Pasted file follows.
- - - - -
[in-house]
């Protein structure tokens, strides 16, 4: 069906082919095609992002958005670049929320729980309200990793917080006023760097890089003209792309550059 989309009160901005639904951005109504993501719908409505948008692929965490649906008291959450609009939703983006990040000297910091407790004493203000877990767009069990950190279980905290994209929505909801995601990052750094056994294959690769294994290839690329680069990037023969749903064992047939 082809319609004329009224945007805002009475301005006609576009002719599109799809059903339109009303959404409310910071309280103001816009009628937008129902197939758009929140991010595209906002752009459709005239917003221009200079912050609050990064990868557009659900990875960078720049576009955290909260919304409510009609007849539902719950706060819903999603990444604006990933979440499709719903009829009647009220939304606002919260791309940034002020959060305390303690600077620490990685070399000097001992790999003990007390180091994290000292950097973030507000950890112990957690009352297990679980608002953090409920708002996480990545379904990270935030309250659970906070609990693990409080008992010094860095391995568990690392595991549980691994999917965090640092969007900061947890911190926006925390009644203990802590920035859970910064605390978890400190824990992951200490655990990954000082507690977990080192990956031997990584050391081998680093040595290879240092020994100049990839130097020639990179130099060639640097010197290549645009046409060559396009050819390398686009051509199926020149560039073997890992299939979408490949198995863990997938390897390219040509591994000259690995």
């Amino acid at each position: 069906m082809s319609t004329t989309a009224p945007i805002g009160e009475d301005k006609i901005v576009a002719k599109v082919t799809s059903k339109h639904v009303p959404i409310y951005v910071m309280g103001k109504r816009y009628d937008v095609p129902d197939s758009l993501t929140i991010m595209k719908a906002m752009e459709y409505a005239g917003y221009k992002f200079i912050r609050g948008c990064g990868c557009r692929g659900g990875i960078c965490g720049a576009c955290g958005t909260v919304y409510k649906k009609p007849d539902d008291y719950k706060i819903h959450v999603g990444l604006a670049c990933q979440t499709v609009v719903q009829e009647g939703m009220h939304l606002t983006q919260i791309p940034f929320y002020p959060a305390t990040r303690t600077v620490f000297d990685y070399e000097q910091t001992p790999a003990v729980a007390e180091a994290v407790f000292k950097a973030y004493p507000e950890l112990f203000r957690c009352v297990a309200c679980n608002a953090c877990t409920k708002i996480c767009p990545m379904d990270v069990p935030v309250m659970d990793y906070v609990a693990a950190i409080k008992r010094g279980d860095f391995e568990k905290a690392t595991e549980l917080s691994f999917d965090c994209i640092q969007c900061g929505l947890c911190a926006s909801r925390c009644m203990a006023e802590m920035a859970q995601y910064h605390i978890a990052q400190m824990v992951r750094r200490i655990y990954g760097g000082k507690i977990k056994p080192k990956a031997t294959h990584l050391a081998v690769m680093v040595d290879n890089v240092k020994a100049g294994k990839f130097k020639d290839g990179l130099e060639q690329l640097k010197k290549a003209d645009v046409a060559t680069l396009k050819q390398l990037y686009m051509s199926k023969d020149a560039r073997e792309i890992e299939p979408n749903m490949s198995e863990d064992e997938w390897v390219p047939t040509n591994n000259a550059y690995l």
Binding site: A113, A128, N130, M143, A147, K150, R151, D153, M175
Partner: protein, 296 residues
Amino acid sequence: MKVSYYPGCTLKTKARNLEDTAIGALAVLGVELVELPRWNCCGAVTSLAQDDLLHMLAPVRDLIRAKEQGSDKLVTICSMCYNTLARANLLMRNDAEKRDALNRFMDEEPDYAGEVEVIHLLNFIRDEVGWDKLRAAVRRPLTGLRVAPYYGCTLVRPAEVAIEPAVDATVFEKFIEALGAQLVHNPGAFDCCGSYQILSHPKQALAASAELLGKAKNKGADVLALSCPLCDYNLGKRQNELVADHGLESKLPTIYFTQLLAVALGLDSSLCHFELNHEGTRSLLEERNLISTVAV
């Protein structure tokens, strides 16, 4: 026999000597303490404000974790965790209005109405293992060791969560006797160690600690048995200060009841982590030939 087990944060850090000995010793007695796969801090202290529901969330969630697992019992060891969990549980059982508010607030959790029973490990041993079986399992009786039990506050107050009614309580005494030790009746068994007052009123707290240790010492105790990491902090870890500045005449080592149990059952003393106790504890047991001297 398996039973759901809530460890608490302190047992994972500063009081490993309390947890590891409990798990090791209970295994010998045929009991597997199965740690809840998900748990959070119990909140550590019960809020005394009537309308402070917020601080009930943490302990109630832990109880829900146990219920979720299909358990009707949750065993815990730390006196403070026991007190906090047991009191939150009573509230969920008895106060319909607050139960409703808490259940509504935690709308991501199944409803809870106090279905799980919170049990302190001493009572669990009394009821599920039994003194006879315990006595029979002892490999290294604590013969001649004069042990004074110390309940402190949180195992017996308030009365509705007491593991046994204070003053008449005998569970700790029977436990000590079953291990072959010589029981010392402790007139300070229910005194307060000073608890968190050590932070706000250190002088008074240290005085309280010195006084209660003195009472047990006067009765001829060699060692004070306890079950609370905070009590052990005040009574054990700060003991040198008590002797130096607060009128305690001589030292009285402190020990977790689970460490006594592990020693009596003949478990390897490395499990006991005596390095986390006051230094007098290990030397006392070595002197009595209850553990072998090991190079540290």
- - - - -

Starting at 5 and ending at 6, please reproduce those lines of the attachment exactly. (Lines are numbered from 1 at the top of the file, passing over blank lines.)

Partner: protein, 296 residues
Amino acid sequence: MKVSYYPGCTLKTKARNLEDTAIGALAVLGVELVELPRWNCCGAVTSLAQDDLLHMLAPVRDLIRAKEQGSDKLVTICSMCYNTLARANLLMRNDAEKRDALNRFMDEEPDYAGEVEVIHLLNFIRDEVGWDKLRAAVRRPLTGLRVAPYYGCTLVRPAEVAIEPAVDATVFEKFIEALGAQLVHNPGAFDCCGSYQILSHPKQALAASAELLGKAKNKGADVLALSCPLCDYNLGKRQNELVADHGLESKLPTIYFTQLLAVALGLDSSLCHFELNHEGTRSLLEERNLISTVAV